CrossFit, Evolved

I owe a lot to CrossFit; boxes in Rhode Island and Washington D.C. were my introduction to strength training, and intensity in conditioning. Coaching in a CrossFit box in Salt Lake City built my skills, and taught me to develop a coach’s eye for movement. Plus, it was a CrossFit box owner and physical therapist who challenged me to make my life’s work teaching people to move well. And I discovered StrongFit and Julien Pineau through a CrossFit-focused podcast.

But I see problems with CrossFit for most populations.

It’s helpful to distinguish between the two components of CrossFit:

Philosophy and Training Style

First, there’s the CrossFit training philosophy of intensity. Discomfort is essential for growth, and learning to be uncomfortable is the path to strength, size, fat loss, and improving sport performance.

We train with intensity too, but with a few notable changes. CrossFit programming often includes technical and high-risk exercises performed under intensity – overhead squats and deadlifts are notable examples. Can people overhead squat? Should people deadlift? Yes, but in controlled contexts. And CrossFit uses competition as a tool to push intensity; we ask people to push against their internal limits, and to support others in the gym.

In other words, we select exercises less likely to cause injury, and we build a community that’s cooperative rather than competitive.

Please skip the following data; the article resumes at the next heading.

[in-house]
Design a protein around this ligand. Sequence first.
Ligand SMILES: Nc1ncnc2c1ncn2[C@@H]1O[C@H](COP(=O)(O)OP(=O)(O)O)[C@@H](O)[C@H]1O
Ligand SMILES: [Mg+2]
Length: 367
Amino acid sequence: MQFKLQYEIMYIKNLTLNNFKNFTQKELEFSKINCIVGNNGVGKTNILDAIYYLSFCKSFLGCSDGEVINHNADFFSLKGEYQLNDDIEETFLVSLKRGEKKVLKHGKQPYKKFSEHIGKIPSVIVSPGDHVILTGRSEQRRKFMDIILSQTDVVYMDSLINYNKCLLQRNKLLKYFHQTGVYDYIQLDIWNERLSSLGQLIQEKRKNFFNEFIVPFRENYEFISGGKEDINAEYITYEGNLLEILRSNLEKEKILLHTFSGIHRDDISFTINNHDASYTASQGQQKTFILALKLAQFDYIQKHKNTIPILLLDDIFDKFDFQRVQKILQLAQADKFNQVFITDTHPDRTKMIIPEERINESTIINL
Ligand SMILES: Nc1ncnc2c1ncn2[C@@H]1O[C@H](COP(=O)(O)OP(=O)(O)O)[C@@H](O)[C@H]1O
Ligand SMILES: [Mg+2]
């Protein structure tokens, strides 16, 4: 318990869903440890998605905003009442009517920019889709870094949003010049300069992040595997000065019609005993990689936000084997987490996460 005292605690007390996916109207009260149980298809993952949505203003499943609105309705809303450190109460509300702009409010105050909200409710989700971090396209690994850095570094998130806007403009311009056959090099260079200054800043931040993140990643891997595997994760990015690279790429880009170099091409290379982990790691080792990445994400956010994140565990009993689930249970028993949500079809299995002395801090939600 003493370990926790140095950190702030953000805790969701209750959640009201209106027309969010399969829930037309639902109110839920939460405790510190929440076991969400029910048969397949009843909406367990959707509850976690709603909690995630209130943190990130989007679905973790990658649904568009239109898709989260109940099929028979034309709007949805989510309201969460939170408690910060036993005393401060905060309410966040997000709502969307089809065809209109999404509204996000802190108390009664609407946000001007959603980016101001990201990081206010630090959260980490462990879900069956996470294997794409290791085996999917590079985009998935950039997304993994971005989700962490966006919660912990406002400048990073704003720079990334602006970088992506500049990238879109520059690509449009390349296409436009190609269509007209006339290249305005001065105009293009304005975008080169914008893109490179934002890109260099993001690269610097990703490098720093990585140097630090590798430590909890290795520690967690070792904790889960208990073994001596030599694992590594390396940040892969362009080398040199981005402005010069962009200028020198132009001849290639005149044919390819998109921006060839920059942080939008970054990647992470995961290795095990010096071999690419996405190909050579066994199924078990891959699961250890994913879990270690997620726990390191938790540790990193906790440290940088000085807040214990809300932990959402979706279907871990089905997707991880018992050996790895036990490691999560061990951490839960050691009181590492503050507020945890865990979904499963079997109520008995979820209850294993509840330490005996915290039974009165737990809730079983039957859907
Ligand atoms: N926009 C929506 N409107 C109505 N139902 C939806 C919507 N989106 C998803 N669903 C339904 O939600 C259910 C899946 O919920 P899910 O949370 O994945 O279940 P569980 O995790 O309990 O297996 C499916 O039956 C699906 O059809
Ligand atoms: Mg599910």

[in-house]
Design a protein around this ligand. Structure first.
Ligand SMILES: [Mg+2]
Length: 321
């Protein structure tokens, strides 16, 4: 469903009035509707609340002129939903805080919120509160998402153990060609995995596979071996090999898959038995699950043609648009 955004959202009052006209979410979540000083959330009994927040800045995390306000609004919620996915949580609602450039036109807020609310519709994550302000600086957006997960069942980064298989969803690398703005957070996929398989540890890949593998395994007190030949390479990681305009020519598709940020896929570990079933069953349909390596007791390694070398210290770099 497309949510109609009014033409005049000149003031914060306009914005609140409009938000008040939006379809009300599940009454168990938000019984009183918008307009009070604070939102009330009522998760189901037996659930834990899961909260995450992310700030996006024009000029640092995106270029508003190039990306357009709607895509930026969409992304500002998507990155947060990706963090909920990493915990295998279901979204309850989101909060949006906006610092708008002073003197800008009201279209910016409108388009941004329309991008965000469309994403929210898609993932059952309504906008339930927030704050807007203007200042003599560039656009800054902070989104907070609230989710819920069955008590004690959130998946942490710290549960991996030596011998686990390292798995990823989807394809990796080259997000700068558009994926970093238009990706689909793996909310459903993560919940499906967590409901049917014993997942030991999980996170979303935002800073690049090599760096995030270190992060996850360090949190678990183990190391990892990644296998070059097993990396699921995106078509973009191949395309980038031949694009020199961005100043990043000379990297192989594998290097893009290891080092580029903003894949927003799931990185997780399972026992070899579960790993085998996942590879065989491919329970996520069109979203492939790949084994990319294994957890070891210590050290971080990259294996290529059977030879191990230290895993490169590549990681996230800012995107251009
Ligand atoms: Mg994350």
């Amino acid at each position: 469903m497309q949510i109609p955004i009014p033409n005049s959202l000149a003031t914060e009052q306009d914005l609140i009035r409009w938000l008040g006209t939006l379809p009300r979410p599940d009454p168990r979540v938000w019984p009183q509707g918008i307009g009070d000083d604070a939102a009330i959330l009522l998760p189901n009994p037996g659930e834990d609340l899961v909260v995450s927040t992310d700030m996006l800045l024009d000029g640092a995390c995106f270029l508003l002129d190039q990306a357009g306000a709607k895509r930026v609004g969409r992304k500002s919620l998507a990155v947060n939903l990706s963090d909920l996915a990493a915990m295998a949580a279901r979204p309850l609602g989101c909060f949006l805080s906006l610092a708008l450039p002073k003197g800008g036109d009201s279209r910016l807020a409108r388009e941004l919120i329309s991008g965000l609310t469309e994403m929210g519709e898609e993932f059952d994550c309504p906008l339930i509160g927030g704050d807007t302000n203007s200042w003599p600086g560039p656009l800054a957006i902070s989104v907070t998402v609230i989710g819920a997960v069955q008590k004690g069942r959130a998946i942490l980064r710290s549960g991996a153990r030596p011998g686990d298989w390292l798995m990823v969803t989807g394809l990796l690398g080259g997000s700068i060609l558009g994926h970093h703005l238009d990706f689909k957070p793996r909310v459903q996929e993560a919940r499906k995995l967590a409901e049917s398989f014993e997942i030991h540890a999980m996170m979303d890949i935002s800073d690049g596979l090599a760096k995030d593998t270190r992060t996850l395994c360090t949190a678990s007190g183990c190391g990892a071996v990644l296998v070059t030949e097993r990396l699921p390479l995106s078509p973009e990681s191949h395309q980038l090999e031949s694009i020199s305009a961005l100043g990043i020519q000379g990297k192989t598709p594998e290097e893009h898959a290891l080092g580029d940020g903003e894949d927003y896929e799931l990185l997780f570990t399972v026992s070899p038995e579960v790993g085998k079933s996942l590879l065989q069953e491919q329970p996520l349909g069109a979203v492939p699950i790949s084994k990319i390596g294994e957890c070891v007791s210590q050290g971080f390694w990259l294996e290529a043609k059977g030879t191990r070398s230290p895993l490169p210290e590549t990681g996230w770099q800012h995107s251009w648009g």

Competition

The CrossFit Games has become, for many, what CrossFit is. If you’re not in the know, we’re talking about a global competition cycle that ends with a group of ~50 people competing together in the summer for the title of the “World’s Fittest.” But these aren’t everyday people; they’re gifted athletes with a long training history. They’re people who’ve committed themselves to this journey in terms of time, money, and often their relationships and health.

I like to watch bits of the CrossFit games. These athletes are badass. But these are professionals who have committed everything to the sport, and they’ve made the sport their primary goal.

The goal is to keep the goal the goal.

If your goal is to ski better, or climb better, or feel better and healthier and happier, there’s not a reason you need to train like a CrossFit Games athlete. You’ll probably be well served by moving well, and then layering on intensity to strengthen your mental resolve, and then practicing your sport with your newfound skills. Overhead squats simply aren’t applicable to most sports or lifestyle.

Here’s where CrossFit Evolved comes in.

There are a lot of coaches and gyms where the work looks like CrossFit, and the programming has a CrossFit-ish feel to it, and often, that’s because someone has spent time in the CrossFit community. And often, a coach started to question the CrossFit methodologies, and then took the concepts and reapplied them in a new and unique way.

For some, like Gym Jones and Mountain Tactical, the problem was that didn’t provide sport-specific improvements – soldiers and mountaineers were getting slower and weaker using CrossFit programming. For others like StrongFit and myself, CrossFit was overly focused on barbells and technical lifts, and I didn’t have enough stimulus to address my imbalances.

I consider Gym Jones, Mountain Tactical, and Wasatch Fitness Academy to all be in this category of “CrossFit Evolved” communities. Each gym will have its own feel and flavor; that feel is present in the messaging, the language, and the traditions and customs and rituals; the culture is set by the owners and the staff, and built up by the community. As you’re selecting a place to spend your time, your money, and your efforts towards fitness, try different things, explore different communities, and see what feels like a good fit for you.

And don’t be afraid to push your own evolution forward.

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